The theatre was part of a large redevelopment on the site of the former City shopping plaza (which once housed a UA). While the Block 30 went on to be extremely successful, it actually opened to modest business, as the theatre was completed well before the other businesses, forcing patrons to venture through a construction site in order to acess the theatre.
Exemplifying the concept that “location is everything” the theatre has thrived more off the highly popular outdoor mall complex than what it offers as a cinema destination. Haven been built during a more budget concious phase, that emerged shortly after the intial megaplex boom, the Block 30 is standard late 90’s AMC in design and offers nothing particularly unique, despite it’s long standing flagship status.
During construction and opening, the Block was tied in to the former AMC Mainplace 6; officing out of the theatre and maintaining joint management for a time.
This theatre is currently run as a discount house by Starplex Cinemas.
This theatre has been purchased by Starplex Cinemas and, as of 5/26/06, is operated as a discount house.
I’m sure there is more behind the story. If it wasn’t brought on by a corporate visit or audit, perhaps it was an issue that came up through another employee/potential employee (ie. someone else was let go or not hired, due to a tattoo, and a parity issue was raised). Then again, the tattoo might have been used as an excuse (ie. there might have been another issue and the tattoo policy provided a seemingly easy way out). In any case, it was obviously handled poorly, but I suspect there was more involved than just cracking down on some old man.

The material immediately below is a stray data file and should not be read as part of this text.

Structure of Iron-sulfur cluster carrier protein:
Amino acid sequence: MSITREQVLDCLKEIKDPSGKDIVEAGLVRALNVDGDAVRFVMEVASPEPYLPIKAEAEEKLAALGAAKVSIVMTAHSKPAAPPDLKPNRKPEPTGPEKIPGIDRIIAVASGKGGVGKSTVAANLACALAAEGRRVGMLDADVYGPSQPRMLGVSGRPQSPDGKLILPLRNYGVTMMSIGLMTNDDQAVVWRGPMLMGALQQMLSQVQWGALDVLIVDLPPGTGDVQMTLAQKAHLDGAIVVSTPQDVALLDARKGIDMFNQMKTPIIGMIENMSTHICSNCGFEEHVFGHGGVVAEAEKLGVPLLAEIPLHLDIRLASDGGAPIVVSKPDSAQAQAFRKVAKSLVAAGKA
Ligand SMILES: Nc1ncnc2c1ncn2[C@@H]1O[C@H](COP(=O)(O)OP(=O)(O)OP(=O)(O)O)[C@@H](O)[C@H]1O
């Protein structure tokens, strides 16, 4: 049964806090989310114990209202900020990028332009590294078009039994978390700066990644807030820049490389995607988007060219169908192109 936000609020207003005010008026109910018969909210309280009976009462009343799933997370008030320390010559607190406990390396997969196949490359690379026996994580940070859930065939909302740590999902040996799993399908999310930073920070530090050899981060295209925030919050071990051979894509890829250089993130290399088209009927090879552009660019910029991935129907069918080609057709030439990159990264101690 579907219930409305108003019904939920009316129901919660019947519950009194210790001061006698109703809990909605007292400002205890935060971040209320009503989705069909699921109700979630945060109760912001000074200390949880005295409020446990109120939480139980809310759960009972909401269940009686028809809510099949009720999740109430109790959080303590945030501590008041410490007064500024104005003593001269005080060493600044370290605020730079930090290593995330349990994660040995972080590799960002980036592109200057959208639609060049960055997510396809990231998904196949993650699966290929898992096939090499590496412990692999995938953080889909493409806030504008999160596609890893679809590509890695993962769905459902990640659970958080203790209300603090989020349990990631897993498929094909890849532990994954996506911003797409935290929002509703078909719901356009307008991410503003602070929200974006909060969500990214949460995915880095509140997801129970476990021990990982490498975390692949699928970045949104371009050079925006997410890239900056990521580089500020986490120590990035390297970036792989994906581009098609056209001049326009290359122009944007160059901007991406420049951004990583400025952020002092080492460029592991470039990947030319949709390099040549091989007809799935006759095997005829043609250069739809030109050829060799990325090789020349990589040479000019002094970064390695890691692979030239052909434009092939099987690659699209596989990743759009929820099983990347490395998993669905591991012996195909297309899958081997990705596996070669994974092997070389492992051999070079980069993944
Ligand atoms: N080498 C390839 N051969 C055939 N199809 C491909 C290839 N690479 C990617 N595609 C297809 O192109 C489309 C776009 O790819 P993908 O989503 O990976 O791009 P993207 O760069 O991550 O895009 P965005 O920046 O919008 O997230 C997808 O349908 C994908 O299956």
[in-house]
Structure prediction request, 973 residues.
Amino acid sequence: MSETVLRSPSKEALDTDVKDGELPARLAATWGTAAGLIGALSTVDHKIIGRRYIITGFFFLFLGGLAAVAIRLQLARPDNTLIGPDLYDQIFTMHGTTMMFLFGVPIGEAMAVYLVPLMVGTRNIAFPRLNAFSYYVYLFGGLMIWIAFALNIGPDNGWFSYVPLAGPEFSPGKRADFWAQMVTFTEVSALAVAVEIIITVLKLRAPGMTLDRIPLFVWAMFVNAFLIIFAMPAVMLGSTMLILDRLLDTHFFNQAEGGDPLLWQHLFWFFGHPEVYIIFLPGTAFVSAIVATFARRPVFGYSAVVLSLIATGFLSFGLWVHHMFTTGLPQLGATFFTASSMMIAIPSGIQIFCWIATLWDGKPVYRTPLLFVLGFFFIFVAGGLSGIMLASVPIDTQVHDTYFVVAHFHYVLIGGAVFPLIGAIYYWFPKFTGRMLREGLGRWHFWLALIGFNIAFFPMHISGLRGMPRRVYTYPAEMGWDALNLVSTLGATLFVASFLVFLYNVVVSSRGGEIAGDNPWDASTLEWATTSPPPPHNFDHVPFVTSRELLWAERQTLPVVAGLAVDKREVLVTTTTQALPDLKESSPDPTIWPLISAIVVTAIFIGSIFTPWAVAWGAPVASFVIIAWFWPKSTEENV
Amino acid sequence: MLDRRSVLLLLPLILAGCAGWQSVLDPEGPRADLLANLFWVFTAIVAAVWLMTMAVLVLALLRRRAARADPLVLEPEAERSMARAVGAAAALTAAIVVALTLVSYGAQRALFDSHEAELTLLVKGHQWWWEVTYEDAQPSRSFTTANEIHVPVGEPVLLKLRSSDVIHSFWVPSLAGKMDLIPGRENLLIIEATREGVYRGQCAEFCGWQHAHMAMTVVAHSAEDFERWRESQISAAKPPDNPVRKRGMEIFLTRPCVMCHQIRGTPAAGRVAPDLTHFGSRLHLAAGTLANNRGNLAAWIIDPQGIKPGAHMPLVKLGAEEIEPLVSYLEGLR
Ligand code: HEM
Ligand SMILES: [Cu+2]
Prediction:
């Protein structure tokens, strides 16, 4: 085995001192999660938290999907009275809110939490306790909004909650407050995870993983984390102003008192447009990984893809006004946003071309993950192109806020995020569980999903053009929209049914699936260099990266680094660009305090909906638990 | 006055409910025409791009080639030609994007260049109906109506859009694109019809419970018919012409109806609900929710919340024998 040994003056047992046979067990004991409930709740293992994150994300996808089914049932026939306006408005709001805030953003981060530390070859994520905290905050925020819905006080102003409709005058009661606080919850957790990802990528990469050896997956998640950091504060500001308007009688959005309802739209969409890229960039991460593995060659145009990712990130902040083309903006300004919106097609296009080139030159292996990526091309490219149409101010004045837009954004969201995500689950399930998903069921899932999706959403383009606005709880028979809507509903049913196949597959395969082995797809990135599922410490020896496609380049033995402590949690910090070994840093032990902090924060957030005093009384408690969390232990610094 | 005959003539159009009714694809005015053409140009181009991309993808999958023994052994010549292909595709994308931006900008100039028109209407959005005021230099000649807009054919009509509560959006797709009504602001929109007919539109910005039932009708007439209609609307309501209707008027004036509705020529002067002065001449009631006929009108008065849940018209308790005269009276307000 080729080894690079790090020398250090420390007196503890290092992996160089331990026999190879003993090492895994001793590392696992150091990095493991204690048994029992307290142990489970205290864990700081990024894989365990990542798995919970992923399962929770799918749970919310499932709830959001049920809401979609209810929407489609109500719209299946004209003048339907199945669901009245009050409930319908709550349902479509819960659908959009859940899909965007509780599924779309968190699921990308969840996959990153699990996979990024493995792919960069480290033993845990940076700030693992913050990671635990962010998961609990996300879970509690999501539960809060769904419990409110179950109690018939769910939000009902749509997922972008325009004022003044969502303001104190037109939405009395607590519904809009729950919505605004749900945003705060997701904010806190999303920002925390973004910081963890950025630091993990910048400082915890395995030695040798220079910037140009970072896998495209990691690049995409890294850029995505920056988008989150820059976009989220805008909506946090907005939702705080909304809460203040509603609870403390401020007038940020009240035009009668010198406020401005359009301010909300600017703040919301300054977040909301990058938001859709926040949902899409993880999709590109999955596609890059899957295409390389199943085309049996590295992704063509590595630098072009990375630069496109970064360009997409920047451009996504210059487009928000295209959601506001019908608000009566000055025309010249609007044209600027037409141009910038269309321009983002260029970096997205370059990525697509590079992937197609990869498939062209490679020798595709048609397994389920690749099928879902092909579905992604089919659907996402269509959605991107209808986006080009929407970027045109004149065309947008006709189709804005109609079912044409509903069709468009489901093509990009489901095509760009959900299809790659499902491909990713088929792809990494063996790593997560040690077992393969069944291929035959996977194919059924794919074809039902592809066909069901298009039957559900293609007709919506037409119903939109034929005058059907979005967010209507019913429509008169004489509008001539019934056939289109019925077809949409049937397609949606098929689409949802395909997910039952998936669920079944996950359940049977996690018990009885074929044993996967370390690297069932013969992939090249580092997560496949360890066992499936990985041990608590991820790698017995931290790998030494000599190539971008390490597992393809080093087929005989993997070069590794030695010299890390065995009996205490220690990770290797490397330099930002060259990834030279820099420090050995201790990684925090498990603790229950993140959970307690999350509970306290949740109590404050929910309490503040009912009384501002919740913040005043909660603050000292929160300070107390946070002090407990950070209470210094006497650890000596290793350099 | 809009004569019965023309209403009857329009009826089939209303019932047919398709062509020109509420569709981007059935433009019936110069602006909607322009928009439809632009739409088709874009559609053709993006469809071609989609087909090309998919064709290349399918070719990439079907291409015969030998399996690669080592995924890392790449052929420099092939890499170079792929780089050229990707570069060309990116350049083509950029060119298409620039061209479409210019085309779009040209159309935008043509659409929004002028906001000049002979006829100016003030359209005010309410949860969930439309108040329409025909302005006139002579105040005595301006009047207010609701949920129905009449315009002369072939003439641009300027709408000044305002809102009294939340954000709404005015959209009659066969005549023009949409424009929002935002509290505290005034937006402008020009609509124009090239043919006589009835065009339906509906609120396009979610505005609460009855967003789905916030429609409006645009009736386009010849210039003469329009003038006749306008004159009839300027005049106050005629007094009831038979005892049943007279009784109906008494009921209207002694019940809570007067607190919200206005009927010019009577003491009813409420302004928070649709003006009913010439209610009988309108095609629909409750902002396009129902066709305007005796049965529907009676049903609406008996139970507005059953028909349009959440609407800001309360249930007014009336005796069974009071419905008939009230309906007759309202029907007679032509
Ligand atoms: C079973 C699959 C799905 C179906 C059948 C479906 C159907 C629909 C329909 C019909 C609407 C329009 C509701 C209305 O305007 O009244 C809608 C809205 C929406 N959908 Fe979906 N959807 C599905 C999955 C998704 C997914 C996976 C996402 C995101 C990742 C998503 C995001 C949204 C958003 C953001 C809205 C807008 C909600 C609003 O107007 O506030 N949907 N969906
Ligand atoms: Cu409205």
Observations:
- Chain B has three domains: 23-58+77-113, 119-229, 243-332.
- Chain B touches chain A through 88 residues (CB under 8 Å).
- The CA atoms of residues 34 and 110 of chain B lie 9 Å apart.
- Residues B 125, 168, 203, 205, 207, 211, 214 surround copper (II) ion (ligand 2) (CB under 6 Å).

I wouldn’t exactly lump Harkins in with the Regal Entertainment and AMC mega conglomerates. Harkins is still a family owned, regional chain, that tends to break the “McMegaplex” approach of the big two.
Their Cine Capri concept is a refreshing return to the big experience of movie going. While hardly comparable to the classic movie palaces we all love, it’s a nice balance of feasible business model and grand experience (ie. making the best of today’s business climate).
The Vista theatre is basically a scaled down version of the Krikorian Buena Park 18. The exteriors are different, but the interior design/layout/decor of the Vista Theatre is almost exactly like Buena Park, just on a smaller scale.
An oddity of this theatre: for reasons that escaped everyone, a door, that leads nowhere, was installed in the building. As an inside joke, the opening gm had a plaque placed on the door that read George’s (as in owner George Krikorian) office.
Interstate is no longer associated with Cinemark. The company broke off, as a seperate entity, and later merged with Starplex Cinemas.